Policy routing is the act of routing packets using some intelligence other than normal routing. For example, with policy routing, you can send packets to a different destination than the one determined by the routing protocol running on the router. It does have some limitations, but this feature can get you out of some interesting jams. Figure 14-1 illustrates an example that comes from a real problem I encountered.
Figure 14-1. Policy routing example
Two companies, Company 1 and Company 2, partnered together. To save money, they decided they would build each branch such that it would be a single office that connected directly to both companies’ headquarters. To save more money, they decided they would split the cost of a single router for each branch. One Ethernet interface connected the workers from Company 1, while another Ethernet interface connected the workers from Company 2. The workers from each company, although sitting in the same office, could not interact with workers from the other company using the network. We had to put access lists on the Ethernet interfaces to prevent interaction between the two networks.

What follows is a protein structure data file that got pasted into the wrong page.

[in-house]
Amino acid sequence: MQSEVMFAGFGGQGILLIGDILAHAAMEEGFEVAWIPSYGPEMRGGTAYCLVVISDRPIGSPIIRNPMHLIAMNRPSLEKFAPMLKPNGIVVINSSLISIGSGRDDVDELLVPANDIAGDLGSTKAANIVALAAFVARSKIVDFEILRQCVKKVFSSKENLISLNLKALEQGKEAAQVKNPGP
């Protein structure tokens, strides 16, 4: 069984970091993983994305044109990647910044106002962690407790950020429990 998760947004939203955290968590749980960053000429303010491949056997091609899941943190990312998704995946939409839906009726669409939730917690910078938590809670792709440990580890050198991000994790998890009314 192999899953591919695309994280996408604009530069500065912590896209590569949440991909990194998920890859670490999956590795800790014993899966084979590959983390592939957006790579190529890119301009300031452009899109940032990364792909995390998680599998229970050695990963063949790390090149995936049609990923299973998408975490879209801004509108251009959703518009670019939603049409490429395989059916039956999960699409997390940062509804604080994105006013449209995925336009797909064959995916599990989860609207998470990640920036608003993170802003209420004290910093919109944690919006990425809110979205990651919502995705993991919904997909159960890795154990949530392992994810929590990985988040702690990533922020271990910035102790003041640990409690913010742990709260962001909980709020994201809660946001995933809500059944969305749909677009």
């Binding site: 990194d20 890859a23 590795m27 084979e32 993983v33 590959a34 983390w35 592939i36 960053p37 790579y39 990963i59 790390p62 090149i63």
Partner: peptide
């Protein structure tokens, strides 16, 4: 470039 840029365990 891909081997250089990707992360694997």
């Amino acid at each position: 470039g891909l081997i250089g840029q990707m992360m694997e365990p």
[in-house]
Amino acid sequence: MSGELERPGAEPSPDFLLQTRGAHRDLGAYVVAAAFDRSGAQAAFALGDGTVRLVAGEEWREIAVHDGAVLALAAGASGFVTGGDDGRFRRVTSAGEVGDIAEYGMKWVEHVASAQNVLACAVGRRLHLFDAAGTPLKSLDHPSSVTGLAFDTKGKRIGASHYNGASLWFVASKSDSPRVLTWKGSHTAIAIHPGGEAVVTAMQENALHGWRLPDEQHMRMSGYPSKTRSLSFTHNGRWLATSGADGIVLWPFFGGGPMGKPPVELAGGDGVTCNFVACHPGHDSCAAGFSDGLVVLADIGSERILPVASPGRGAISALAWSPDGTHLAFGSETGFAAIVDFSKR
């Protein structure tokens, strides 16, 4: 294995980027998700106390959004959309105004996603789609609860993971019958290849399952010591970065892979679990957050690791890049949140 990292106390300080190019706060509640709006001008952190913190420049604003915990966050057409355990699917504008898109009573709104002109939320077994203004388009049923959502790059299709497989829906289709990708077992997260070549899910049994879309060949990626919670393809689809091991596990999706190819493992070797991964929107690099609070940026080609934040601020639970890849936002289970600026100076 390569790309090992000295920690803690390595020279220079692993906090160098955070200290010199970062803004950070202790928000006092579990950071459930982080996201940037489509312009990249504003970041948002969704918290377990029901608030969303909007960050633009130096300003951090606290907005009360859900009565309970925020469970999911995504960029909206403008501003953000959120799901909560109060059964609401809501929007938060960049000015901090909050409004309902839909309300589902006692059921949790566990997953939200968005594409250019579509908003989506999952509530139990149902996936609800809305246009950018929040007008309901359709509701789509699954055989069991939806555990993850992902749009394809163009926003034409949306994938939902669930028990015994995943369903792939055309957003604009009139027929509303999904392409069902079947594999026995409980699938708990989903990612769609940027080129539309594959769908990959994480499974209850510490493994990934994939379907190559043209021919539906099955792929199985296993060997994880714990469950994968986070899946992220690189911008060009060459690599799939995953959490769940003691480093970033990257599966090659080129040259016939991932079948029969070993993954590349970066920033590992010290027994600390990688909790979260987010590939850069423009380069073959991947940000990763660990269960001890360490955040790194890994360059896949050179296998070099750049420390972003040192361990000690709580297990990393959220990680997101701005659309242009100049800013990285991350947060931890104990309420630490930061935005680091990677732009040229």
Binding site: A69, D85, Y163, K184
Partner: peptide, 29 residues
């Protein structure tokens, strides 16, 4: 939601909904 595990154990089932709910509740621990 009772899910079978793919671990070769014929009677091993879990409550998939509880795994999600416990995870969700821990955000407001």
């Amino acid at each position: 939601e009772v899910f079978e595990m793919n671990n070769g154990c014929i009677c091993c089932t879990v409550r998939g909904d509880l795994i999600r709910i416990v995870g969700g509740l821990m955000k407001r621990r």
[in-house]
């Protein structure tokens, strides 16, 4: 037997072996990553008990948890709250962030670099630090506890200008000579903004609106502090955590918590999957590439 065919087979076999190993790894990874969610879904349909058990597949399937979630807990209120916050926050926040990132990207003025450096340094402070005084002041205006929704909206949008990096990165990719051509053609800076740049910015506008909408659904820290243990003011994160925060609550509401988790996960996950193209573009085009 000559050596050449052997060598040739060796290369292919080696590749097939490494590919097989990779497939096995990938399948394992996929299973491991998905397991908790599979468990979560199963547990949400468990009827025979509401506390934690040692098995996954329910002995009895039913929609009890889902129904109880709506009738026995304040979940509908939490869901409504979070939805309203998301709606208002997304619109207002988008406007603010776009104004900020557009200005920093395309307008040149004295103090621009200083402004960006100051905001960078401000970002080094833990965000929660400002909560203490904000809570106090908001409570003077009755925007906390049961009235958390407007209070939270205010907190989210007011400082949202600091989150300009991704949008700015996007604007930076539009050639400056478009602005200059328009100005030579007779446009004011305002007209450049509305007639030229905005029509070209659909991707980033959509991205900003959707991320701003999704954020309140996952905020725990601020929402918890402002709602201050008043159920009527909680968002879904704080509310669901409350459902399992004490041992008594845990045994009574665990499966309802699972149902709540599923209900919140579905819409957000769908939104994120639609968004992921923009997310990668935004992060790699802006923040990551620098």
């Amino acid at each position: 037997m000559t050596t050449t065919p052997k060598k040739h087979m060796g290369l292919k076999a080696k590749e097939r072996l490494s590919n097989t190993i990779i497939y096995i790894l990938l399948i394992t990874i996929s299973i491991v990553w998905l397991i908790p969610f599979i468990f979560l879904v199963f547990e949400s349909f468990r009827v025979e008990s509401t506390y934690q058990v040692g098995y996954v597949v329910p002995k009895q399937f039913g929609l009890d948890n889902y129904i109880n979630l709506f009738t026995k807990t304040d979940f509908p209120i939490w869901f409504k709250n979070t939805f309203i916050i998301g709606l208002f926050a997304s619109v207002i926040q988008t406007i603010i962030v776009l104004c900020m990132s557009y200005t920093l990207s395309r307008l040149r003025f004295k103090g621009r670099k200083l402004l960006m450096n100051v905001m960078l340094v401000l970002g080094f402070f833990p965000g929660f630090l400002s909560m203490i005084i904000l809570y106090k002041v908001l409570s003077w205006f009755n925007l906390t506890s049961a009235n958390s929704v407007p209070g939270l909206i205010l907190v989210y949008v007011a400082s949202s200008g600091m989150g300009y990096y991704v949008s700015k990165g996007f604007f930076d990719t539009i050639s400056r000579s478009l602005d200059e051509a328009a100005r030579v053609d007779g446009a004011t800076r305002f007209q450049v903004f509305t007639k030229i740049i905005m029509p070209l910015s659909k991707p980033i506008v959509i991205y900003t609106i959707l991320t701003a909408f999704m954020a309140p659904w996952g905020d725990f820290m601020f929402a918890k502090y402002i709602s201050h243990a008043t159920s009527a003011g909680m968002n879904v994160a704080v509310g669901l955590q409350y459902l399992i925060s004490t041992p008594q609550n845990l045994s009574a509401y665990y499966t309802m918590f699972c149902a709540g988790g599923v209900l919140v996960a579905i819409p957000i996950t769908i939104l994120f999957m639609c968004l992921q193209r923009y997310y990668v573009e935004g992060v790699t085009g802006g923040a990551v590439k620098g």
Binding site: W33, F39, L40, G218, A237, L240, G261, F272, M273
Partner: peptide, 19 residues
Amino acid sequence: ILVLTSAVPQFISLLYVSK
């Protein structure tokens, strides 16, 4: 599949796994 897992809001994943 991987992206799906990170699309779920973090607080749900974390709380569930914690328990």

This design is an excellent example of politics and money trumping best-practice engineering. Still, our job was not to judge, but rather to make the network function the way the client wanted it to function.
To further complicate the issue, employees ...